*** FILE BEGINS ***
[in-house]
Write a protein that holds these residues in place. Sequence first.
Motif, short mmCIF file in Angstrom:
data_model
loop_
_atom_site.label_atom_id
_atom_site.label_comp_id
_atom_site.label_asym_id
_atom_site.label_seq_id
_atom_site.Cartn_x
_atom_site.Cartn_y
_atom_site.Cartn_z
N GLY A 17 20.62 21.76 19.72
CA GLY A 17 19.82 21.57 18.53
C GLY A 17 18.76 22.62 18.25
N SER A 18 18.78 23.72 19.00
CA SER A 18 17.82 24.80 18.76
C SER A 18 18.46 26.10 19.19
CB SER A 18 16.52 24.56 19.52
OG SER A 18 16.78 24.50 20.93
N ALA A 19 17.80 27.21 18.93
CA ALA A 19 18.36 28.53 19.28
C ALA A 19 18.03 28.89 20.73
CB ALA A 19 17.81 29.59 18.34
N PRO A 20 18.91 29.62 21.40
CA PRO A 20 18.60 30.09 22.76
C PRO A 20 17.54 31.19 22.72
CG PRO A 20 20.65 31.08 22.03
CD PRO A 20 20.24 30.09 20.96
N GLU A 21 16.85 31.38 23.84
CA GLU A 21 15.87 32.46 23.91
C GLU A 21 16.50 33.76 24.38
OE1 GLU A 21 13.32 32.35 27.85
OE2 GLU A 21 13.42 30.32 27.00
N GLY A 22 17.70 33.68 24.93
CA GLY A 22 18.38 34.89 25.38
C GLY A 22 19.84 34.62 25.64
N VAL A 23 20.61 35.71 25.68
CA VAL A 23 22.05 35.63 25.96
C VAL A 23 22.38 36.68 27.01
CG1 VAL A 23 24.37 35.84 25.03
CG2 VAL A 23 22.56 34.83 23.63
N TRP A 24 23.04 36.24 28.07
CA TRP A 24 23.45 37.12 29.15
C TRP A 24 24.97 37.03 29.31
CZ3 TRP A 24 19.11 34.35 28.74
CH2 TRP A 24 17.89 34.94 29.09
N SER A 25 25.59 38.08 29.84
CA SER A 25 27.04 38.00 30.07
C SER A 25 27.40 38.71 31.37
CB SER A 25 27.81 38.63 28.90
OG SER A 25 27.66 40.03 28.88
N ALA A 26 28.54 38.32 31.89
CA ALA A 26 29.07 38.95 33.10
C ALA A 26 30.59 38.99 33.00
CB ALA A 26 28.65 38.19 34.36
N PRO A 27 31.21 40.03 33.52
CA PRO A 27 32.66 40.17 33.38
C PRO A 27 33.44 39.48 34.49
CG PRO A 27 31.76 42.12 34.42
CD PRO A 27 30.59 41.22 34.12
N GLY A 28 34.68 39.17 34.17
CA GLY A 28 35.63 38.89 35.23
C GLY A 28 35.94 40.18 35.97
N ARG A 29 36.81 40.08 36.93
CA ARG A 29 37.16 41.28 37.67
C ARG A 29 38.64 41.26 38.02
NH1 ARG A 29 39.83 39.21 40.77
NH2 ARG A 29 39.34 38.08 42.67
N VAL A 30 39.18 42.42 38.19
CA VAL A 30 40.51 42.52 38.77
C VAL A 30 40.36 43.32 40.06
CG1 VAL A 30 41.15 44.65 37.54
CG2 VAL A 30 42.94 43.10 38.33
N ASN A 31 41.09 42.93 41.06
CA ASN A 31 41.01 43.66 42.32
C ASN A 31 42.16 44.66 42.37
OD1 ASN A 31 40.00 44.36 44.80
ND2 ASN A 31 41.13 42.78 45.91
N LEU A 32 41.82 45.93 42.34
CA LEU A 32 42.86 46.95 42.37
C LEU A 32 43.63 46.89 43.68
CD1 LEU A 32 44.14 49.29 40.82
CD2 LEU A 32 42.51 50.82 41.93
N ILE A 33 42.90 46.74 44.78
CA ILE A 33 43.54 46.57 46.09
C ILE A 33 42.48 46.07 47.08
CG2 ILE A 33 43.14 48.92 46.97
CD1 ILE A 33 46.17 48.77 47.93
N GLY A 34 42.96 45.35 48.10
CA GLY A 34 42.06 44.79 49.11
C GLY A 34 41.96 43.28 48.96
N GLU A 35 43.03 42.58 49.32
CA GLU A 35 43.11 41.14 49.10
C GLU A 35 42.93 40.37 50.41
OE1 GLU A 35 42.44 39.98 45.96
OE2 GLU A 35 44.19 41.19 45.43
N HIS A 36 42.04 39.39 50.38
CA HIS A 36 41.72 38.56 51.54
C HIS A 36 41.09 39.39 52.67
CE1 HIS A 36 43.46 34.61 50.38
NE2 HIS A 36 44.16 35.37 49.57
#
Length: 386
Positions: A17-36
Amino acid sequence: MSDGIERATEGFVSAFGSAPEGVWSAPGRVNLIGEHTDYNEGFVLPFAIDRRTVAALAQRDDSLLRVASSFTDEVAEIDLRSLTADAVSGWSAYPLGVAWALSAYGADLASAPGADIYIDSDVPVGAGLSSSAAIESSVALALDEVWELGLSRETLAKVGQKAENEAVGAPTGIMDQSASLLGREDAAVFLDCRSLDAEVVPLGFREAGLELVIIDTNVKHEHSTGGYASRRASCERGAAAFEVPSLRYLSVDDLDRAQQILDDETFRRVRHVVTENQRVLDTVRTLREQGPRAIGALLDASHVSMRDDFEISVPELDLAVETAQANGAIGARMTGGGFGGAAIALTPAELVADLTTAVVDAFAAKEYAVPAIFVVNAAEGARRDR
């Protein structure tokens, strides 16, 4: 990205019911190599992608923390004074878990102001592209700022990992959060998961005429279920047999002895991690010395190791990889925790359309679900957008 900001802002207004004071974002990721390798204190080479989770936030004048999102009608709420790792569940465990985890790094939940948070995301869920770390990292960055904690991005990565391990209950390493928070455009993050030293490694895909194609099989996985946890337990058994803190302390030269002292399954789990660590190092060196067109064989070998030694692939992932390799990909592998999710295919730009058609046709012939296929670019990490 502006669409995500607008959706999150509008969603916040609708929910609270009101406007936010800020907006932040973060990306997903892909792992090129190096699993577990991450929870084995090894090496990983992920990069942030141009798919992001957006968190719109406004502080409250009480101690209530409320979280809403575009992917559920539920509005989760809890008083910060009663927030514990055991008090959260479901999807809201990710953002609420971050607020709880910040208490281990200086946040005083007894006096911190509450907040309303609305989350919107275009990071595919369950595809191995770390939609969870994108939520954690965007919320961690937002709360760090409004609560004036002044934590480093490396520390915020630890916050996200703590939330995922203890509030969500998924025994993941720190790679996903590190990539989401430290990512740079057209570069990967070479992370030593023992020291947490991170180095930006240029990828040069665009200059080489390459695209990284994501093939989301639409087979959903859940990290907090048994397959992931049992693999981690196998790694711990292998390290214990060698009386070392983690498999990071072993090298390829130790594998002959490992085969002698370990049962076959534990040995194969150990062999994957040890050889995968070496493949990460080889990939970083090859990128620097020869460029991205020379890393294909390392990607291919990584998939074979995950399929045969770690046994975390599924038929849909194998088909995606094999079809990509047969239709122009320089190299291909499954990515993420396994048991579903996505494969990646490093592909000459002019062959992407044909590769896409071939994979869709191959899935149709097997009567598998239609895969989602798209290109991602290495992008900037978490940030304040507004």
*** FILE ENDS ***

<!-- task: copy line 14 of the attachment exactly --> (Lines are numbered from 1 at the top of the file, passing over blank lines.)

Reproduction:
CA GLY A 17 19.82 21.57 18.53